The proposed concept of a carbon tax is nothing more than a feel-good measure taken by the government in order to appear “in action.” It doesn’t take much insight and logical thought to realize that this manoeuvre is nothing more than the government’s “action plan” masquerading as yet another hike in civilian taxes.
To make things clear, I do believe action needs to be taken in order to preserve our precious environment, I merely hold an opinion that this course of action is not the answer. Many Canadians depend on personal vehicles to commute to and from work, and in a country that stays frozen half the year, it is clear why many do not bike to work or walk. It’s just not feasible.
Even public transport is pathetic in many urban regions. I myself spent over an hour waiting outside for buses that took a collective two hours to take me from the airport to my house, a trip that takes 25 minutes in a car.
Financial pressure will not encourage Canadians to shift to electric cars either, as they are not economically within reach of the average Joe. Since electric cars are somewhat a commodity of the future, they are quite expensive (the cheapest is around $30,000) and the costs of investing in such a vehicle cannot be justified over paying an annual tax on one’s $5,000 used Toyota Corolla.
The carbon tax will only lower living conditions for those already struggling to make ends meet, and you can bet your bottom dollar that the kind of people who will be hit hardest by this carbon tax will not be the people likely to buy solar racks for their house or dig a hole to heat it geothermically. They will instead resort to cheaper alternatives, like incandescent bulbs for lighting and wood and oil for heating. Exactly the opposite of what Environment Canada is trying to achieve here.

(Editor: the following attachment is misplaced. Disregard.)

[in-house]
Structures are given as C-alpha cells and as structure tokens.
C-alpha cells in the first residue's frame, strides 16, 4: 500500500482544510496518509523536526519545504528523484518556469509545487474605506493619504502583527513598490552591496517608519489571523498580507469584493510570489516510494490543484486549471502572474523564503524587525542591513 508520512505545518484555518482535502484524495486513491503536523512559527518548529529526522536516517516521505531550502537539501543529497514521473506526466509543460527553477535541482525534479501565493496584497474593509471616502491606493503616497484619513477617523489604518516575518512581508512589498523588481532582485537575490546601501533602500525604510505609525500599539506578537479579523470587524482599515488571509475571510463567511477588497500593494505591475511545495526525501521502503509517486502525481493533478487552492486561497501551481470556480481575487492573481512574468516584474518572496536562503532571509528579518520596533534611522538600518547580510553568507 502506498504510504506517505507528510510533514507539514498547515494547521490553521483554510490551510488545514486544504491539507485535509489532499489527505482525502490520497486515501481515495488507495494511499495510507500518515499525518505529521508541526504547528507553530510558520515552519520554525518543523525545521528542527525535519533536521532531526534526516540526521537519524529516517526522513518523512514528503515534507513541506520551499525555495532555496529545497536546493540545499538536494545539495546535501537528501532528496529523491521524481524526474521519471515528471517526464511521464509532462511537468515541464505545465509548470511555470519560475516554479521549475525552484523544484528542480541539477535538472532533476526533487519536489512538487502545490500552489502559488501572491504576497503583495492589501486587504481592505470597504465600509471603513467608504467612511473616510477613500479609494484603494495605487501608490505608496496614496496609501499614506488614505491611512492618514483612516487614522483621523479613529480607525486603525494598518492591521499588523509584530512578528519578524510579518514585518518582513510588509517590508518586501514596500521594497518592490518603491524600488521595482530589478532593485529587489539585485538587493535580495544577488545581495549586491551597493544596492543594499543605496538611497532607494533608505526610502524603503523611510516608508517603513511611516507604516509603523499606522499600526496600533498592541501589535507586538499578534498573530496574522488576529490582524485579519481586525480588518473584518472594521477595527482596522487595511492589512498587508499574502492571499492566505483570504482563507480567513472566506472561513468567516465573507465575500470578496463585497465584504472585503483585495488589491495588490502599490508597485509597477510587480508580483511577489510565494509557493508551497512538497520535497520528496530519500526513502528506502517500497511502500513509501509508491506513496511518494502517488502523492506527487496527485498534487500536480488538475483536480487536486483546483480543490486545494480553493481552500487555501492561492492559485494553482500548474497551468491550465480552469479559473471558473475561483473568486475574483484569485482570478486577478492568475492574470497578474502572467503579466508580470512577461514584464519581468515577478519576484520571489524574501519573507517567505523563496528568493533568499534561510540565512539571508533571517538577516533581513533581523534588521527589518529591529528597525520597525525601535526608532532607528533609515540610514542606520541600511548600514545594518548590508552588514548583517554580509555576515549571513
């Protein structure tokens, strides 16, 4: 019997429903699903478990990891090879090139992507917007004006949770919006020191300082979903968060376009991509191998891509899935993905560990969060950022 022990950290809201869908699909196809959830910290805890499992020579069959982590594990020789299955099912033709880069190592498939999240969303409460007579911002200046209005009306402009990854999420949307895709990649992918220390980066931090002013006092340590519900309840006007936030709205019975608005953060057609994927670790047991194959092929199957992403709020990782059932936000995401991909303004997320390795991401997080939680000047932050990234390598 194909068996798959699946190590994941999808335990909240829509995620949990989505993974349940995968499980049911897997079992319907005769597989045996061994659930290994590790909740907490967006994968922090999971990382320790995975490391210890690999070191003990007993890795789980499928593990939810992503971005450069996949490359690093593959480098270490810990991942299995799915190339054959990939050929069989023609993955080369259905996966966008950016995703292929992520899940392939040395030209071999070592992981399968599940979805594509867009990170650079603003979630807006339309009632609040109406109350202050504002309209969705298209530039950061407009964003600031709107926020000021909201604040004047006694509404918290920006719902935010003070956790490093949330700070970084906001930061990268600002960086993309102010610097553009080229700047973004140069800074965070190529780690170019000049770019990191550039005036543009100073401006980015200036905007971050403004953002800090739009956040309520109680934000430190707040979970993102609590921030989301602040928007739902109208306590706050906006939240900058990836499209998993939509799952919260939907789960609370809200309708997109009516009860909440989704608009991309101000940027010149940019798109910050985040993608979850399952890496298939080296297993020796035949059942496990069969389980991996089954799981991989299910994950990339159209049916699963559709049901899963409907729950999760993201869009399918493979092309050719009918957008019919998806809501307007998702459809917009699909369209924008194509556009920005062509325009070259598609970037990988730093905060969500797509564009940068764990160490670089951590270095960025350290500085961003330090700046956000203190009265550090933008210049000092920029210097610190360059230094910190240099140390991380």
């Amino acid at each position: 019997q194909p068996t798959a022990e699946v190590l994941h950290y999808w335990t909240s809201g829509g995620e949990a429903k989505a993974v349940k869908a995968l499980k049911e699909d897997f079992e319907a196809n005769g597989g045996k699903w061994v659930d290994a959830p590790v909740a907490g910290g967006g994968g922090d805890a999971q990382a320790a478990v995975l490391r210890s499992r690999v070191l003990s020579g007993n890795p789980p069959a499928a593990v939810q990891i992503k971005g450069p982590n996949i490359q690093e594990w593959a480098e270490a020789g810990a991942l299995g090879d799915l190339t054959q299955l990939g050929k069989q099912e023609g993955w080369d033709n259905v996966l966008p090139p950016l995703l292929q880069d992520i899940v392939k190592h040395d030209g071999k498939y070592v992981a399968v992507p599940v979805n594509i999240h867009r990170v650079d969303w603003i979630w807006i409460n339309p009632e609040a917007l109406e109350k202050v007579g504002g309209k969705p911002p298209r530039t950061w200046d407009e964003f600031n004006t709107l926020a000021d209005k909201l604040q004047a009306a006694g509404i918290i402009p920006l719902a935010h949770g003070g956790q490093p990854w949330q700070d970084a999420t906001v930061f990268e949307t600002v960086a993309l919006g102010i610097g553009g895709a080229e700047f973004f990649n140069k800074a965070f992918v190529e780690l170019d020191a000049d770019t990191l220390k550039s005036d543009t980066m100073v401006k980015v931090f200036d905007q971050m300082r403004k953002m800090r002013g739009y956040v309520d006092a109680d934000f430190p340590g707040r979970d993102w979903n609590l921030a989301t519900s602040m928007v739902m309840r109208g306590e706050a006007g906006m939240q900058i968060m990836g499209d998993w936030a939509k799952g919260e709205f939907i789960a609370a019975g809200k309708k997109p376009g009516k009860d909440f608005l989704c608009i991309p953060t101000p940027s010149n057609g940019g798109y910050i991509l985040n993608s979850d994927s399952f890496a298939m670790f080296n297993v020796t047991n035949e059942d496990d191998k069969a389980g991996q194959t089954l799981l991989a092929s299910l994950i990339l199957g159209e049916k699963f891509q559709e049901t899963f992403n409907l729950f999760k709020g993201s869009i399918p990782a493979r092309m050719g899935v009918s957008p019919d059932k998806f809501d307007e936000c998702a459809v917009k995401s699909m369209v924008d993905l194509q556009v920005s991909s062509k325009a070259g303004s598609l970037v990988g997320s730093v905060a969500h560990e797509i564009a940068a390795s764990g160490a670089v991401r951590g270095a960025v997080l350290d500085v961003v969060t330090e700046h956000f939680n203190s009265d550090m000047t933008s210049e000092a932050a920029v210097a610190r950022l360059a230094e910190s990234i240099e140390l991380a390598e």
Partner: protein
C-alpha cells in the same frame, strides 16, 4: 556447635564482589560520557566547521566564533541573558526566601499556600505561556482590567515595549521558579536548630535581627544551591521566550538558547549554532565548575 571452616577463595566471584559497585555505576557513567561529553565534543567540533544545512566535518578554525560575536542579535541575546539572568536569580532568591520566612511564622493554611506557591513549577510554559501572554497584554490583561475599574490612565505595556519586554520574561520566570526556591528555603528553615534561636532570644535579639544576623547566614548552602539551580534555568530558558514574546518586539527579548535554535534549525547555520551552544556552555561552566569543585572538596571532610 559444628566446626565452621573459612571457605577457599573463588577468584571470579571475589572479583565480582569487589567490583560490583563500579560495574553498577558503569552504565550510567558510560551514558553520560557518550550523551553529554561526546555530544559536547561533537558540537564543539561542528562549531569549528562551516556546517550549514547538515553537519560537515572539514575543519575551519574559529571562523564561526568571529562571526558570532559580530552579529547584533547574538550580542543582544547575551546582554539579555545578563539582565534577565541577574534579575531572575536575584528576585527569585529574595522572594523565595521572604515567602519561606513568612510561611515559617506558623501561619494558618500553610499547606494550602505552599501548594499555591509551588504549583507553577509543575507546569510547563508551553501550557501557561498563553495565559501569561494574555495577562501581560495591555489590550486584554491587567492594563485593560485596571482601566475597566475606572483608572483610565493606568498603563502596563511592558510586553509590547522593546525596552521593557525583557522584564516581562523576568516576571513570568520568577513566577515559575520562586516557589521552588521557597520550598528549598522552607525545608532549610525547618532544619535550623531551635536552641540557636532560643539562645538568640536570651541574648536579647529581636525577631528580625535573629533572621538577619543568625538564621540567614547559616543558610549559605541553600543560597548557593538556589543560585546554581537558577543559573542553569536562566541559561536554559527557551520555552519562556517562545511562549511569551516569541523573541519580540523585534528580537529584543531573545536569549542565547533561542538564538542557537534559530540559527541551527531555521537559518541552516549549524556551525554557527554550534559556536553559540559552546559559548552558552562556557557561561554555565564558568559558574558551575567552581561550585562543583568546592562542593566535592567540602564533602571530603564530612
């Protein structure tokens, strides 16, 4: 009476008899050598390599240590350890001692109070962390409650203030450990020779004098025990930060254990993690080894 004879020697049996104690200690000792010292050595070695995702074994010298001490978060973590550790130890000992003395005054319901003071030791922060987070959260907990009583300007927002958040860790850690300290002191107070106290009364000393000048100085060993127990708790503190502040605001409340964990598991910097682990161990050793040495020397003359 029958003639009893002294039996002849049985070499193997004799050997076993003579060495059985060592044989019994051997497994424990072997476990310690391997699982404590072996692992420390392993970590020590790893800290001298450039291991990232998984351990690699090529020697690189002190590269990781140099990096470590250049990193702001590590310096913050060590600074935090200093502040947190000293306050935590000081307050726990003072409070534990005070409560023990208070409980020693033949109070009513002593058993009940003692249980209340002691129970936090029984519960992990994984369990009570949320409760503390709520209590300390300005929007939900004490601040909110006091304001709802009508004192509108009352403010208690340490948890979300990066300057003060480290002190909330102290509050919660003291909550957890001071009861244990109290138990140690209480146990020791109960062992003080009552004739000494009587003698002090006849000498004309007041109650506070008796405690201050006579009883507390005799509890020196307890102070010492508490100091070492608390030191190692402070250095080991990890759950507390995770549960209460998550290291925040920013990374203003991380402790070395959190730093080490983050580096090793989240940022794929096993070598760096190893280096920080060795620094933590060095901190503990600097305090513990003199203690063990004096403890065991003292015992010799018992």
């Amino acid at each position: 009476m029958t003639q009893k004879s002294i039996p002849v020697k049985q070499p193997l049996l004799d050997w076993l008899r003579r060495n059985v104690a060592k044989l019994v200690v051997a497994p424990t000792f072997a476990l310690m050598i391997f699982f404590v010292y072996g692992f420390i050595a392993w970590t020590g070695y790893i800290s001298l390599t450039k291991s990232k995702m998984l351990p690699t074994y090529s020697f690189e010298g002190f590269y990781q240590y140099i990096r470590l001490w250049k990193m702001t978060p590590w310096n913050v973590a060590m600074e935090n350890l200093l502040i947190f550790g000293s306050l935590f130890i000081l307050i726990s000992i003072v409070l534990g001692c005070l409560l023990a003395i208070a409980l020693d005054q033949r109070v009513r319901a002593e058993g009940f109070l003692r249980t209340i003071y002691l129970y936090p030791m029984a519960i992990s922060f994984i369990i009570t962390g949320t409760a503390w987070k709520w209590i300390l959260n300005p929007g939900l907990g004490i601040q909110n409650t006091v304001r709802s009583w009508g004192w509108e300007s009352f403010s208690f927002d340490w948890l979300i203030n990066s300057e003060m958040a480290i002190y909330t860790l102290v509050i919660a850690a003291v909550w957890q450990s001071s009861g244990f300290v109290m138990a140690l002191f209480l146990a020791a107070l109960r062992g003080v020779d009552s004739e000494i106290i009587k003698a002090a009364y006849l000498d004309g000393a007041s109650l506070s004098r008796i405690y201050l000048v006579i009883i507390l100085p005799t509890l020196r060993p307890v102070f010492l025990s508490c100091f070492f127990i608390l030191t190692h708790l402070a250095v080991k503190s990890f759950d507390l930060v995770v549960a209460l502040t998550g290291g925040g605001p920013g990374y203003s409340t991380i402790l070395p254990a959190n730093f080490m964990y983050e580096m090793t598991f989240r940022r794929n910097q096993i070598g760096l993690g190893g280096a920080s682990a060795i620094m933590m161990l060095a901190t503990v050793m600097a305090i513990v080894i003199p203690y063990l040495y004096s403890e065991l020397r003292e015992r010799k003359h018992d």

Politicians argue that carbon taxes would reduce emissions of energy companies by a huge factor, and yes, that is true. That being said, it is ridiculous to compare the resources of a multi-billion dollar corporation to the average working man who has a family to feed and enough bills to pay. These companies will find it cost-effective to invest in scrubbers for their emissions and find greener alternatives, whereas this citizen’s only choice is to bear the brunt of a hike in overall taxes. This tax will only make living conditions more expensive, and that means less pocket money for actual green solutions.
Shifting Canadians’ sources of energy lie in the industry giants themselves, and that can be beneficial both financially and environmentally to everyone involved. Trudeau, who buckled under pressure to approve a pipeline across B.C. and Alberta due to unemployment in Alberta, could have easily pleased both parties for and against this scheme by thinking outside the box. Why not build wind farms over the vast Prairies to reap rewards from the massive arctic downdrafts? Solar farms for the sunny summer? Jobs can be created by investing in green solutions, if only we could see our problems as opportunities.
I myself am a youth of 16 years in age, and if I can point out the problems in a carbon tax then I certainly hope that educated adults can understand them as well.